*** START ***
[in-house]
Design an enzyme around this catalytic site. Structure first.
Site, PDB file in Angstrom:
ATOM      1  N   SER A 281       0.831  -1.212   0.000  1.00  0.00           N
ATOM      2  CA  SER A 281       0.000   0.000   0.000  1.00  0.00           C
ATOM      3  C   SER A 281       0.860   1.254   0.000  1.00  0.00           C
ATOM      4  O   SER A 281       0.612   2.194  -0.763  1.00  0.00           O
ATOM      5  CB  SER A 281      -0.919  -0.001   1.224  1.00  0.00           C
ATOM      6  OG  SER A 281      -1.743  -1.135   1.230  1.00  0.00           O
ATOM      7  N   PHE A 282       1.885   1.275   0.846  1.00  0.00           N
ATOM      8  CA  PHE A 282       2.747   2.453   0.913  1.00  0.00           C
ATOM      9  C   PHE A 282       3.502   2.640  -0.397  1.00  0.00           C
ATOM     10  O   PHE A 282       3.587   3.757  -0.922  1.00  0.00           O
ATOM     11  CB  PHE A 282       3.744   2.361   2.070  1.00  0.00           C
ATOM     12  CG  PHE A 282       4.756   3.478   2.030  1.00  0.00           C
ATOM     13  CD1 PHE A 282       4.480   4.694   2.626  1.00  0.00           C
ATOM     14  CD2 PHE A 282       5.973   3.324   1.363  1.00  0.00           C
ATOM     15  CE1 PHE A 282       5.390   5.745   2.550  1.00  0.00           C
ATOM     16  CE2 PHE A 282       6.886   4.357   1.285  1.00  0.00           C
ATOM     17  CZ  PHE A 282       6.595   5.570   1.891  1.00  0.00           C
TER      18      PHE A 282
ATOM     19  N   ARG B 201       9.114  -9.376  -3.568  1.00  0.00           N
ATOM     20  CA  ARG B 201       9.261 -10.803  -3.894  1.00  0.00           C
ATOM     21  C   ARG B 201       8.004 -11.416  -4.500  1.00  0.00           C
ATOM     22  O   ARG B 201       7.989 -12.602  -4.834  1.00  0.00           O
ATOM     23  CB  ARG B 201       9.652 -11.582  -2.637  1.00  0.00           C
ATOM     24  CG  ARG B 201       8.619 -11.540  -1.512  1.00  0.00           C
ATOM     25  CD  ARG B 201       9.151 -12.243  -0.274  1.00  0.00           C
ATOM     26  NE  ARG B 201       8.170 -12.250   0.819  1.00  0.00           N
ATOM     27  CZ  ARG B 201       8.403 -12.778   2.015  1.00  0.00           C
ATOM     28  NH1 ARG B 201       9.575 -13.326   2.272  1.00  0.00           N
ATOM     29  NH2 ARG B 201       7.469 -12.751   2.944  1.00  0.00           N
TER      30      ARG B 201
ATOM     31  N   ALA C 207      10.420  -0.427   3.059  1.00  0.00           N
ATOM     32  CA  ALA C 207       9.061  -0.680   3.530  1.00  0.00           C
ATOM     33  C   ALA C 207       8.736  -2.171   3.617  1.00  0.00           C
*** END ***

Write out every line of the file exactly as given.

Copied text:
[in-house]
Design an enzyme around this catalytic site. Structure first.
Site, PDB file in Angstrom:
ATOM      1  N   SER A 281       0.831  -1.212   0.000  1.00  0.00           N
ATOM      2  CA  SER A 281       0.000   0.000   0.000  1.00  0.00           C
ATOM      3  C   SER A 281       0.860   1.254   0.000  1.00  0.00           C
ATOM      4  O   SER A 281       0.612   2.194  -0.763  1.00  0.00           O
ATOM      5  CB  SER A 281      -0.919  -0.001   1.224  1.00  0.00           C
ATOM      6  OG  SER A 281      -1.743  -1.135   1.230  1.00  0.00           O
ATOM      7  N   PHE A 282       1.885   1.275   0.846  1.00  0.00           N
ATOM      8  CA  PHE A 282       2.747   2.453   0.913  1.00  0.00           C
ATOM      9  C   PHE A 282       3.502   2.640  -0.397  1.00  0.00           C
ATOM     10  O   PHE A 282       3.587   3.757  -0.922  1.00  0.00           O
ATOM     11  CB  PHE A 282       3.744   2.361   2.070  1.00  0.00           C
ATOM     12  CG  PHE A 282       4.756   3.478   2.030  1.00  0.00           C
ATOM     13  CD1 PHE A 282       4.480   4.694   2.626  1.00  0.00           C
ATOM     14  CD2 PHE A 282       5.973   3.324   1.363  1.00  0.00           C
ATOM     15  CE1 PHE A 282       5.390   5.745   2.550  1.00  0.00           C
ATOM     16  CE2 PHE A 282       6.886   4.357   1.285  1.00  0.00           C
ATOM     17  CZ  PHE A 282       6.595   5.570   1.891  1.00  0.00           C
TER      18      PHE A 282
ATOM     19  N   ARG B 201       9.114  -9.376  -3.568  1.00  0.00           N
ATOM     20  CA  ARG B 201       9.261 -10.803  -3.894  1.00  0.00           C
ATOM     21  C   ARG B 201       8.004 -11.416  -4.500  1.00  0.00           C
ATOM     22  O   ARG B 201       7.989 -12.602  -4.834  1.00  0.00           O
ATOM     23  CB  ARG B 201       9.652 -11.582  -2.637  1.00  0.00           C
ATOM     24  CG  ARG B 201       8.619 -11.540  -1.512  1.00  0.00           C
ATOM     25  CD  ARG B 201       9.151 -12.243  -0.274  1.00  0.00           C
ATOM     26  NE  ARG B 201       8.170 -12.250   0.819  1.00  0.00           N
ATOM     27  CZ  ARG B 201       8.403 -12.778   2.015  1.00  0.00           C
ATOM     28  NH1 ARG B 201       9.575 -13.326   2.272  1.00  0.00           N
ATOM     29  NH2 ARG B 201       7.469 -12.751   2.944  1.00  0.00           N
TER      30      ARG B 201
ATOM     31  N   ALA C 207      10.420  -0.427   3.059  1.00  0.00           N
ATOM     32  CA  ALA C 207       9.061  -0.680   3.530  1.00  0.00           C
ATOM     33  C   ALA C 207       8.736  -2.171   3.617  1.00  0.00           C